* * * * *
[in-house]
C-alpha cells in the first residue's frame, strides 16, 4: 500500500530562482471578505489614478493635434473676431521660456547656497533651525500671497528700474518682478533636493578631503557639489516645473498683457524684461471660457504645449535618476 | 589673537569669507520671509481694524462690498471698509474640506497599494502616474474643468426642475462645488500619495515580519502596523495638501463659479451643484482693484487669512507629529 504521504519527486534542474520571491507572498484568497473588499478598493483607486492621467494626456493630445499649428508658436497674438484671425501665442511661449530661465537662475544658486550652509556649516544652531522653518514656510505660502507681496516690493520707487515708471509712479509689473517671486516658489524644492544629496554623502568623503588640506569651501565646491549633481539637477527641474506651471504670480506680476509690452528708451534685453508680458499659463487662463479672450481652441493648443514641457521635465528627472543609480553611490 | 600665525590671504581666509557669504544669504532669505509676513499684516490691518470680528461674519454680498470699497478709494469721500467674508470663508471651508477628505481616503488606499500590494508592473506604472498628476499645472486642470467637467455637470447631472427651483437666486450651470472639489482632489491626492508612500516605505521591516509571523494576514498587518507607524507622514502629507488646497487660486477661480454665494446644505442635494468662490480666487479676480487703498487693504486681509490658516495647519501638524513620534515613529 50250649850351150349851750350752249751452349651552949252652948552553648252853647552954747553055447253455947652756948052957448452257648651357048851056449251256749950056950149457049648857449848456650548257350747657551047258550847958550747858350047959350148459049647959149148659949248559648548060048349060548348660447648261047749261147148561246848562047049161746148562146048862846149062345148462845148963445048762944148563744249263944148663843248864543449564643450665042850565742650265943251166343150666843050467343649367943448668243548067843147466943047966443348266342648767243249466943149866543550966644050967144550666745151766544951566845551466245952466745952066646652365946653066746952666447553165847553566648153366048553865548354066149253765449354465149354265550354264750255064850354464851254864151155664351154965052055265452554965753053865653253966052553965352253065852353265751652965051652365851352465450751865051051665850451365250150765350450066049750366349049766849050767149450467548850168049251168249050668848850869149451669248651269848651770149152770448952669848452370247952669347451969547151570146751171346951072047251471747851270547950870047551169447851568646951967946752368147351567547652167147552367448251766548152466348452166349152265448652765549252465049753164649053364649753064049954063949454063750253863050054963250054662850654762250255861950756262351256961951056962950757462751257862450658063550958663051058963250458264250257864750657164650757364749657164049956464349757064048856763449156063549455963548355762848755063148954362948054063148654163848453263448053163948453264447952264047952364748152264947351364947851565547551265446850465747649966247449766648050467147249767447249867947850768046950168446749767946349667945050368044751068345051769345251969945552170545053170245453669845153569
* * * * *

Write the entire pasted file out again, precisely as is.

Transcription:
[in-house]
C-alpha cells in the first residue's frame, strides 16, 4: 500500500530562482471578505489614478493635434473676431521660456547656497533651525500671497528700474518682478533636493578631503557639489516645473498683457524684461471660457504645449535618476 | 589673537569669507520671509481694524462690498471698509474640506497599494502616474474643468426642475462645488500619495515580519502596523495638501463659479451643484482693484487669512507629529 504521504519527486534542474520571491507572498484568497473588499478598493483607486492621467494626456493630445499649428508658436497674438484671425501665442511661449530661465537662475544658486550652509556649516544652531522653518514656510505660502507681496516690493520707487515708471509712479509689473517671486516658489524644492544629496554623502568623503588640506569651501565646491549633481539637477527641474506651471504670480506680476509690452528708451534685453508680458499659463487662463479672450481652441493648443514641457521635465528627472543609480553611490 | 600665525590671504581666509557669504544669504532669505509676513499684516490691518470680528461674519454680498470699497478709494469721500467674508470663508471651508477628505481616503488606499500590494508592473506604472498628476499645472486642470467637467455637470447631472427651483437666486450651470472639489482632489491626492508612500516605505521591516509571523494576514498587518507607524507622514502629507488646497487660486477661480454665494446644505442635494468662490480666487479676480487703498487693504486681509490658516495647519501638524513620534515613529 50250649850351150349851750350752249751452349651552949252652948552553648252853647552954747553055447253455947652756948052957448452257648651357048851056449251256749950056950149457049648857449848456650548257350747657551047258550847958550747858350047959350148459049647959149148659949248559648548060048349060548348660447648261047749261147148561246848562047049161746148562146048862846149062345148462845148963445048762944148563744249263944148663843248864543449564643450665042850565742650265943251166343150666843050467343649367943448668243548067843147466943047966443348266342648767243249466943149866543550966644050967144550666745151766544951566845551466245952466745952066646652365946653066746952666447553165847553566648153366048553865548354066149253765449354465149354265550354264750255064850354464851254864151155664351154965052055265452554965753053865653253966052553965352253065852353265751652965051652365851352465450751865051051665850451365250150765350450066049750366349049766849050767149450467548850168049251168249050668848850869149451669248651269848651770149152770448952669848452370247952669347451969547151570146751171346951072047251471747851270547950870047551169447851568646951967946752368147351567547652167147552367448251766548152466348452166349152265448652765549252465049753164649053364649753064049954063949454063750253863050054963250054662850654762250255861950756262351256961951056962950757462751257862450658063550958663051058963250458264250257864750657164650757364749657164049956464349757064048856763449156063549455963548355762848755063148954362948054063148654163848453263448053163948453264447952264047952364748152264947351364947851565547551265446850465747649966247449766648050467147249767447249867947850768046950168446749767946349667945050368044751068345051769345251969945552170545053170245453669845153569